Here Are the Worst Passwords of 2018

Splashdata has recently released its annual “Top 100 Worst Passwords” list for 2018, and the passwords used are still shocking as ever to see. Despite repeated warnings from cybersecurity experts on utilizing more complex, hard-to-guess passwords, the list still shows that the most popular choice for users is “123456”. Coming in at 2nd place is “password”. In these past five years, both passwords occupied the top of the list.

Popular name references have also been included as commonly used passwords, including “jordan”, “donald”, or “charlie”.

SplashData’s CEO Morgan Slain commented how, “Hackers have great success using celebrity names, terms from pop culture and sports, and simple keyboard patterns to break into accounts online, because they know so many people are using those easy-to-remember combinations.”

This “worst password” ranking is based on data gathered from more than 5 million passwords leaked from North America and Western Europe. Estimates have shown that 3 percent of people from the leaked accounts used the password “123456” and 10 percent had used at least one password from the Top 25.

It turns out not even breaking stories involving data breaches are enough to sway the population to strengthen their password choices.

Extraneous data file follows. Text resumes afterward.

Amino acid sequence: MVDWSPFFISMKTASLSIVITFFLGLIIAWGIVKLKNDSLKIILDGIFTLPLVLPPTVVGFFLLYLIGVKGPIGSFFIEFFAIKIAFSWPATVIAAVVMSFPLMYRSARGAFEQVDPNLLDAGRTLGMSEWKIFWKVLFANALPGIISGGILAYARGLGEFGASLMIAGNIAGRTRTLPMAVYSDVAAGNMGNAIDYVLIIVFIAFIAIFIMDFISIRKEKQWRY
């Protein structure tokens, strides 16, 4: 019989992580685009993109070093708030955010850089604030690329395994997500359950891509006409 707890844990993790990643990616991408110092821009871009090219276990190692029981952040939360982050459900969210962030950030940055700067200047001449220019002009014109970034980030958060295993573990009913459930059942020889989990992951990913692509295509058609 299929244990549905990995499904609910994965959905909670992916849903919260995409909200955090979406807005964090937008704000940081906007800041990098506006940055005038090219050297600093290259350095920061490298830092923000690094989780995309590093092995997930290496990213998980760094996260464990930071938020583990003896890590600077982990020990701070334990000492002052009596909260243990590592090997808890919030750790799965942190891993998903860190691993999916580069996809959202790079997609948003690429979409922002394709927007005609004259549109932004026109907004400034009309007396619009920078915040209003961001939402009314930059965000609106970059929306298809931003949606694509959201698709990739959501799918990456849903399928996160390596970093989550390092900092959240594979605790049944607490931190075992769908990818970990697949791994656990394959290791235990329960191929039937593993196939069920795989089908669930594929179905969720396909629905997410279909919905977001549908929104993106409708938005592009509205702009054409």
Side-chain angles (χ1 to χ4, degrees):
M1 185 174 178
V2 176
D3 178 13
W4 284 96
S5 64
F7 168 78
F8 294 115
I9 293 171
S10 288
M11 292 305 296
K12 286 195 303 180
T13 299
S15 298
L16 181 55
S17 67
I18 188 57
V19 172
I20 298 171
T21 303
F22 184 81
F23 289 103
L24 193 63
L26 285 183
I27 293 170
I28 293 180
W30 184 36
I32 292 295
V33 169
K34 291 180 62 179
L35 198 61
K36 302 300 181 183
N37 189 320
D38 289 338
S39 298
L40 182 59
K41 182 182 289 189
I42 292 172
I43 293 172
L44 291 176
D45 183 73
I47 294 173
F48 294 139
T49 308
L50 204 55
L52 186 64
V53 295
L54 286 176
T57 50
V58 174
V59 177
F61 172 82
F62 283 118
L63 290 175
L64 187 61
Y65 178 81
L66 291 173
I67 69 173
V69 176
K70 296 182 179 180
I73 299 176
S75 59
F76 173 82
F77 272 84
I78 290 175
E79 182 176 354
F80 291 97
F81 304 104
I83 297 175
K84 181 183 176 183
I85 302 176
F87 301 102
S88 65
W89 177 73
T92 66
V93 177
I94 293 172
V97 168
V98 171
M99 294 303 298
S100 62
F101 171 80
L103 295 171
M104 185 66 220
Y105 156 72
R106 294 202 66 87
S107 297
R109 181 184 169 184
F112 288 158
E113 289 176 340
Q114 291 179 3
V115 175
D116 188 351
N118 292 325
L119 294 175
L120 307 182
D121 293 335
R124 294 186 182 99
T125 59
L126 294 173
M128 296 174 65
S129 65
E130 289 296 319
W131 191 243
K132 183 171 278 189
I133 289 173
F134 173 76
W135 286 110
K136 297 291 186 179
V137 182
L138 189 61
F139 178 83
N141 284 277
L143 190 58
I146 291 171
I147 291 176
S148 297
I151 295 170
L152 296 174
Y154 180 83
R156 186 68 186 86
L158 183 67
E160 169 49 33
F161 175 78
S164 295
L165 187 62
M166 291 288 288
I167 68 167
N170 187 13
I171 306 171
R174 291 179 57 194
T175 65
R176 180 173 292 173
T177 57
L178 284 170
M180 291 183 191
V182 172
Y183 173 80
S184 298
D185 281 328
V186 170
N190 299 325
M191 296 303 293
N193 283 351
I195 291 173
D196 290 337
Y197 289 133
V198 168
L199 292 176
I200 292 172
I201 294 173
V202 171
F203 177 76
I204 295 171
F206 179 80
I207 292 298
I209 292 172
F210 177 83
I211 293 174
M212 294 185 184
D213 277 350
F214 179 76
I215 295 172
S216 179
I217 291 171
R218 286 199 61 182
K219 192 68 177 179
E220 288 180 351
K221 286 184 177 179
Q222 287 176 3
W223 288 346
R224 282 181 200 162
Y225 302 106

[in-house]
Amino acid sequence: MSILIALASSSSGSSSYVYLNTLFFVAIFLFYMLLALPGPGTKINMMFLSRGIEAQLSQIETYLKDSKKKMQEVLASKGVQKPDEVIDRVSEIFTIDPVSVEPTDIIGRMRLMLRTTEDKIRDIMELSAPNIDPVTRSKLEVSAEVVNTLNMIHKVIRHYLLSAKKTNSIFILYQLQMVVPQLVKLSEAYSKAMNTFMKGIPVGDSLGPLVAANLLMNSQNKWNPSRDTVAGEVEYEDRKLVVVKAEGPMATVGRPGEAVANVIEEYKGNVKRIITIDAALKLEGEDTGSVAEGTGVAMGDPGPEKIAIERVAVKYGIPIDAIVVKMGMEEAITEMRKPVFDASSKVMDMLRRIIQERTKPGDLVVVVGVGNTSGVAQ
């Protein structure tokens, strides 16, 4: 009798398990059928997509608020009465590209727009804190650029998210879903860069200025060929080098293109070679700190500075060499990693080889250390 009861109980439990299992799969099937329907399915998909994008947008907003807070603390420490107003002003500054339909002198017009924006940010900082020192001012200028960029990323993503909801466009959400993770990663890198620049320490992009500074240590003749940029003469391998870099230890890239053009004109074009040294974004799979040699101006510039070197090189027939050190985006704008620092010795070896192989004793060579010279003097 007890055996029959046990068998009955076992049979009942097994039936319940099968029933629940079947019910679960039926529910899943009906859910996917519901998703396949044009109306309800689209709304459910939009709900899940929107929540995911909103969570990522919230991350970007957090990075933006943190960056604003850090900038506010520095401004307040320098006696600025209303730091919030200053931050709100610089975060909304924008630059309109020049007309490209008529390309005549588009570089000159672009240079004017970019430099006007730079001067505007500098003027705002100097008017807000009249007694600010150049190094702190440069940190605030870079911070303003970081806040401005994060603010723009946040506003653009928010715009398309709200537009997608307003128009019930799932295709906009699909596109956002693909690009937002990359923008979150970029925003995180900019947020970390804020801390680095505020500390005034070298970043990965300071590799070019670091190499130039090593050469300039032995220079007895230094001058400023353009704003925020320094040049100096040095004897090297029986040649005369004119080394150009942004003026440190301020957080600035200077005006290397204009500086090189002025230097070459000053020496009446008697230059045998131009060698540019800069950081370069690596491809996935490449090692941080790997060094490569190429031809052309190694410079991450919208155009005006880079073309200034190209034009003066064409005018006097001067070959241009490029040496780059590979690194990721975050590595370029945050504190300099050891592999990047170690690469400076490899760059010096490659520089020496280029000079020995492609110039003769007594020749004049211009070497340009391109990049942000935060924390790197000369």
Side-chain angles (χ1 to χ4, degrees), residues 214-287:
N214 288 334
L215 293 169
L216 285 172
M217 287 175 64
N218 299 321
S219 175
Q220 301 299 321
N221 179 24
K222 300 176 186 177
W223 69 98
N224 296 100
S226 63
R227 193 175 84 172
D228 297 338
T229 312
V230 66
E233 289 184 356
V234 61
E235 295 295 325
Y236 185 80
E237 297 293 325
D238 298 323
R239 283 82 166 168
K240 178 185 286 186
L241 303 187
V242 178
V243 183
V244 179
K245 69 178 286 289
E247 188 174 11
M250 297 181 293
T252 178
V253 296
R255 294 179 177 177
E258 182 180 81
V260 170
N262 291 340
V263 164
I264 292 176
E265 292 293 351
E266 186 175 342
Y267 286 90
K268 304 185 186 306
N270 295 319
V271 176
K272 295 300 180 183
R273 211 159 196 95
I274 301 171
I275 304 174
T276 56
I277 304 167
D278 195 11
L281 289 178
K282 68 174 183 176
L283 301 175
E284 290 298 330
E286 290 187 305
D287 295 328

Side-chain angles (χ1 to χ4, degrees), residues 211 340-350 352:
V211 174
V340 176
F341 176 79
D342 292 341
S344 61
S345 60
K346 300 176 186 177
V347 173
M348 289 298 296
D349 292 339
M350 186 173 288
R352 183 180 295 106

As provided by SplashData’s list, here’s 25 of the worst passwords used in 2018:

1) 123456

2) password

3) 123456789

4) 12345678

5) 12345

6) 111111

7) 1234567

8) sunshine

9) qwerty

10) iloveyou

11) princess

12) admin

13) welcome

14) 666666

15) abc123

16) football

17) 123123

18) monkey

19) 654321

20) !@#$%^&*

21) charlie

22) aa123456

23) donald

24) password1

25) qwerty123

If any of these seem recognizable for your own accounts, we highly recommend you to update your password to something more complex. Phrases used with symbols and numbers ensure your account stays protected, as such passwords would be more difficult to guess. For example, rather than using a simple phrase like “technologyrocks”, use “T3chn0logyR0cks!” instead.

For the full list of the “Top 100 Worst Passwords of 2018,” see this post here.

ATTN Trello Users: Don’t Post Your Passwords on Your Boards

These days, with so many website accounts to keep track of, we turn to applications that can offer us the most convenience in maintaining all our passwords in one place, but dear Trello users: Trello is not a great way to preserve this precious information.

Initiated in 2011, Trello has become a space in which project collaboration with team members is made easy through sharing of boards and lists. However, the site has also become popular for the use of password listing for users, and this comes with consequence, as members of the community are susceptible to password thieves and hackers.

Research from David Shear of Flashpoint–a security firm–found that many users posted login credentials, passwords, and sensitive data on public, or “open” boards. He and Brian Krebs of KrebsOnSecurity alerted Trello of the boards, and some users have already been notified via comment posts like “Change your password” on their boards from other community members.

As Krebs explains on his post:

“One particularly jarring misstep came from someone working for Seceon, a Westford, Mass. cybersecurity firm that touts the ability to detect and stop data breaches in real time. But until a few weeks ago the Trello page for Seceon featured multiple usernames and passwords, including credentials to log in to the company’s WordPress blog and iPagedomain hosting.”